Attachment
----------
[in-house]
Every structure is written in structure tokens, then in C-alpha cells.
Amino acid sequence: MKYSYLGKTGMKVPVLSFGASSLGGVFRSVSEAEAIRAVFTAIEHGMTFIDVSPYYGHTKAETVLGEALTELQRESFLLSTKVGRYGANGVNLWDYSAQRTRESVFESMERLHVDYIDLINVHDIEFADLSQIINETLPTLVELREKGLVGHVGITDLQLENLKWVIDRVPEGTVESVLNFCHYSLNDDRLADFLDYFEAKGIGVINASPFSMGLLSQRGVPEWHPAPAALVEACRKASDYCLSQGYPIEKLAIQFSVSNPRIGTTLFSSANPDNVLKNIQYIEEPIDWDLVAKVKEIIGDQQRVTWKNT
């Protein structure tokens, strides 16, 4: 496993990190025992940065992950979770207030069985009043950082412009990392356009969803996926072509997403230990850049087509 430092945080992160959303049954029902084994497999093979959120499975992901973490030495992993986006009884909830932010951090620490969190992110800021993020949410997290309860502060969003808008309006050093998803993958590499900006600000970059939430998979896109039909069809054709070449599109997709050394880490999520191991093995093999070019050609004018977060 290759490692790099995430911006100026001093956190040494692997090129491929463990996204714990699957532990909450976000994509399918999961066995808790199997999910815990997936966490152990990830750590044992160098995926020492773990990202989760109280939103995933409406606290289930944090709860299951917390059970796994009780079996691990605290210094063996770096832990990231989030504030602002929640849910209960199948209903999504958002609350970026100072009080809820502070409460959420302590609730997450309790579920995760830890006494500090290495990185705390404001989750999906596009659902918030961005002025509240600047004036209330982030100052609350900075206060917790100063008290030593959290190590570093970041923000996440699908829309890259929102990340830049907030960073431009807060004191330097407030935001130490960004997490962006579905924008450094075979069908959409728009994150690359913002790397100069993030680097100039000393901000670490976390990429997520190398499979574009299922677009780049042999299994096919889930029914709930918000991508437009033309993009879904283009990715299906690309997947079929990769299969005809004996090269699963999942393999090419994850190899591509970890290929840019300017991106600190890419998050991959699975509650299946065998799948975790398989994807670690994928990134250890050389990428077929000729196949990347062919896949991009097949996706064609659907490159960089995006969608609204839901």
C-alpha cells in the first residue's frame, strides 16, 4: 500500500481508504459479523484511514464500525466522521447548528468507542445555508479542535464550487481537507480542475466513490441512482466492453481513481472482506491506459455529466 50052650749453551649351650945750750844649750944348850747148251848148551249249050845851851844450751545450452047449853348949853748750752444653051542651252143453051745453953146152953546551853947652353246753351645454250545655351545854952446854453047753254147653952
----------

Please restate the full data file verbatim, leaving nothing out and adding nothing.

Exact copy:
[in-house]
Every structure is written in structure tokens, then in C-alpha cells.
Amino acid sequence: MKYSYLGKTGMKVPVLSFGASSLGGVFRSVSEAEAIRAVFTAIEHGMTFIDVSPYYGHTKAETVLGEALTELQRESFLLSTKVGRYGANGVNLWDYSAQRTRESVFESMERLHVDYIDLINVHDIEFADLSQIINETLPTLVELREKGLVGHVGITDLQLENLKWVIDRVPEGTVESVLNFCHYSLNDDRLADFLDYFEAKGIGVINASPFSMGLLSQRGVPEWHPAPAALVEACRKASDYCLSQGYPIEKLAIQFSVSNPRIGTTLFSSANPDNVLKNIQYIEEPIDWDLVAKVKEIIGDQQRVTWKNT
């Protein structure tokens, strides 16, 4: 496993990190025992940065992950979770207030069985009043950082412009990392356009969803996926072509997403230990850049087509 430092945080992160959303049954029902084994497999093979959120499975992901973490030495992993986006009884909830932010951090620490969190992110800021993020949410997290309860502060969003808008309006050093998803993958590499900006600000970059939430998979896109039909069809054709070449599109997709050394880490999520191991093995093999070019050609004018977060 290759490692790099995430911006100026001093956190040494692997090129491929463990996204714990699957532990909450976000994509399918999961066995808790199997999910815990997936966490152990990830750590044992160098995926020492773990990202989760109280939103995933409406606290289930944090709860299951917390059970796994009780079996691990605290210094063996770096832990990231989030504030602002929640849910209960199948209903999504958002609350970026100072009080809820502070409460959420302590609730997450309790579920995760830890006494500090290495990185705390404001989750999906596009659902918030961005002025509240600047004036209330982030100052609350900075206060917790100063008290030593959290190590570093970041923000996440699908829309890259929102990340830049907030960073431009807060004191330097407030935001130490960004997490962006579905924008450094075979069908959409728009994150690359913002790397100069993030680097100039000393901000670490976390990429997520190398499979574009299922677009780049042999299994096919889930029914709930918000991508437009033309993009879904283009990715299906690309997947079929990769299969005809004996090269699963999942393999090419994850190899591509970890290929840019300017991106600190890419998050991959699975509650299946065998799948975790398989994807670690994928990134250890050389990428077929000729196949990347062919896949991009097949996706064609659907490159960089995006969608609204839901």
C-alpha cells in the first residue's frame, strides 16, 4: 500500500481508504459479523484511514464500525466522521447548528468507542445555508479542535464550487481537507480542475466513490441512482466492453481513481472482506491506459455529466 50052650749453551649351650945750750844649750944348850747148251848148551249249050845851851844450751545450452047449853348949853748750752444653051542651252143453051745453953146152953546551853947652353246753351645454250545655351545854952446854453047753254147653952